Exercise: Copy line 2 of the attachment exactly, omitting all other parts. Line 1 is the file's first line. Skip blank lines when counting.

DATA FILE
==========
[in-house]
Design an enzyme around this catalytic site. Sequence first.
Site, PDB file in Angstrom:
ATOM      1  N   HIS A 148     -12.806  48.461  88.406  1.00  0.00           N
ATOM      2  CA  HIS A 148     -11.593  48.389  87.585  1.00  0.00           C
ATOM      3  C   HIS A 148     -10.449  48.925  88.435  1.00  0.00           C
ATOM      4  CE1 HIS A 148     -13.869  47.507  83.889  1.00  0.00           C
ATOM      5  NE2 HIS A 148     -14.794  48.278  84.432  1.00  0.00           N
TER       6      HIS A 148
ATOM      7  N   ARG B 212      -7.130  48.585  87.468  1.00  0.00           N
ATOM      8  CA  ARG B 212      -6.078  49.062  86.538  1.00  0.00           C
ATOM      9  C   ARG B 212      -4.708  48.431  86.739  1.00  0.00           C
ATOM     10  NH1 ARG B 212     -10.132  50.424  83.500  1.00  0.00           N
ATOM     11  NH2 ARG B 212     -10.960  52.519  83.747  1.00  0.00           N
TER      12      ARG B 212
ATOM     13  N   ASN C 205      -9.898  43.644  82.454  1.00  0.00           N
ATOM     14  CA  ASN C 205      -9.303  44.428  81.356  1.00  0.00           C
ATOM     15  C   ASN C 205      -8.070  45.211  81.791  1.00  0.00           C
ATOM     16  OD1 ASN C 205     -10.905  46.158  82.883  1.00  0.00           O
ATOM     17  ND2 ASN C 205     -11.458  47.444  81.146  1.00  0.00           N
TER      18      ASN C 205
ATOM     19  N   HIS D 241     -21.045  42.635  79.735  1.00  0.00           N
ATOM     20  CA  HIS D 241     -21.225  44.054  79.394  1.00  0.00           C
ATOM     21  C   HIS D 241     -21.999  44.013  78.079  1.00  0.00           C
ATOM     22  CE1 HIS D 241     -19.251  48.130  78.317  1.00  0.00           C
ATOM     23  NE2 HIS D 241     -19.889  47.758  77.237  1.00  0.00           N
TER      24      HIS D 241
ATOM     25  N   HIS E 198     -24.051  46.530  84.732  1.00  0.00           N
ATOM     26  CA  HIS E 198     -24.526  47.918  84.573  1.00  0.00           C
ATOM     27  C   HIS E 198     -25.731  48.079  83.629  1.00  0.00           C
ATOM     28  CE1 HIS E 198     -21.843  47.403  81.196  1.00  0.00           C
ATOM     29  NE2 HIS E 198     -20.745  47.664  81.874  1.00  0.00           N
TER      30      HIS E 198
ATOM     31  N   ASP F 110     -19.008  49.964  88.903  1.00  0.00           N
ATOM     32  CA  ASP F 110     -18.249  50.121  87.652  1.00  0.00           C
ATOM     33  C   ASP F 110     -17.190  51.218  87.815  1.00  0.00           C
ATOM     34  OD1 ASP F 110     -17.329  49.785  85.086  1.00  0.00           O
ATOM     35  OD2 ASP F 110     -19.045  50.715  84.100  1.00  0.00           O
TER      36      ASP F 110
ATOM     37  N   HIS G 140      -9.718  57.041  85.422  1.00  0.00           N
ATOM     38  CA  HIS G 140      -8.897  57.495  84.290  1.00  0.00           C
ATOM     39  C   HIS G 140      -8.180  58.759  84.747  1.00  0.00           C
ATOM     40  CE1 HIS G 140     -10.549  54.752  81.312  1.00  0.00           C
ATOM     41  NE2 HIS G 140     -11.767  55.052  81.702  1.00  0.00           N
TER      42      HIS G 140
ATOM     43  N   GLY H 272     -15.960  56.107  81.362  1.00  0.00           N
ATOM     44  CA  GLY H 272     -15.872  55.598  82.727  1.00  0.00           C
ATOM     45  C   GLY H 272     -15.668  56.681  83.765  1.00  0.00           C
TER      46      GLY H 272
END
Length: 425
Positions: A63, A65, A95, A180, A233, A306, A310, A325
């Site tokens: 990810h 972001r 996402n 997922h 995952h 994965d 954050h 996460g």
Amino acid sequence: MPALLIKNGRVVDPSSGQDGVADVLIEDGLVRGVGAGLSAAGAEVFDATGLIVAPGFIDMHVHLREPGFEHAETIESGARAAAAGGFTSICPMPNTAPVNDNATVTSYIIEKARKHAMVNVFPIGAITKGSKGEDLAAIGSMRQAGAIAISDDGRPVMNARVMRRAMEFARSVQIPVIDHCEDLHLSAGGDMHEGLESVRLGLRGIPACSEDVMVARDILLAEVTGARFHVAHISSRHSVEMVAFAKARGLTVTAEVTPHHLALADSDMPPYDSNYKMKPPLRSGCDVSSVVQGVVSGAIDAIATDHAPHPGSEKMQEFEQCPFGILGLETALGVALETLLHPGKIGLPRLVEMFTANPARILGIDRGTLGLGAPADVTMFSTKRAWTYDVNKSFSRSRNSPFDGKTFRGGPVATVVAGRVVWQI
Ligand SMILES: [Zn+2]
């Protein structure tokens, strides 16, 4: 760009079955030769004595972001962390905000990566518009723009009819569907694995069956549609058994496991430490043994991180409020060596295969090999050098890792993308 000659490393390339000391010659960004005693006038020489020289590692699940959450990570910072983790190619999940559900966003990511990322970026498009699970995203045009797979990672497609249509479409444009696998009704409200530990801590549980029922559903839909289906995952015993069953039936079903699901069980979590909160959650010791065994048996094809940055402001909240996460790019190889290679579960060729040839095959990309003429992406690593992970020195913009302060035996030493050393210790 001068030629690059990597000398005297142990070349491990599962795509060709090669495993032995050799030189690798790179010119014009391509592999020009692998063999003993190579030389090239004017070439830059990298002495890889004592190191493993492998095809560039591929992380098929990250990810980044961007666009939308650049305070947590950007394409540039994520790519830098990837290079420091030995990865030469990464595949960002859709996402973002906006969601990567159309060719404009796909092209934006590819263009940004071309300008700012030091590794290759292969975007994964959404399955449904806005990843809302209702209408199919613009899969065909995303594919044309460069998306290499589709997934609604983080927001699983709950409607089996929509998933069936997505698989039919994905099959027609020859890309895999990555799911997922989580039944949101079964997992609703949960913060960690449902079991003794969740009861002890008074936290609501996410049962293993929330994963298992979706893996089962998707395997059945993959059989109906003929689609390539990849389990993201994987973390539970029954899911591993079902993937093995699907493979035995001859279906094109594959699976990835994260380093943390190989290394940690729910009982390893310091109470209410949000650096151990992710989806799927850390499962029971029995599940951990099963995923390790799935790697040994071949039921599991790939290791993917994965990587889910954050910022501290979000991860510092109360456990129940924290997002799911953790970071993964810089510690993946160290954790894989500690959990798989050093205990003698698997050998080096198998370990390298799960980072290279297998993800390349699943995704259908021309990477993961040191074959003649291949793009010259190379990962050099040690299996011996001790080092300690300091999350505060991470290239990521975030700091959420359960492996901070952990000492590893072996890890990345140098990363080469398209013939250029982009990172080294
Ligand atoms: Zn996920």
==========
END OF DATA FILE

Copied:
Design an enzyme around this catalytic site. Sequence first.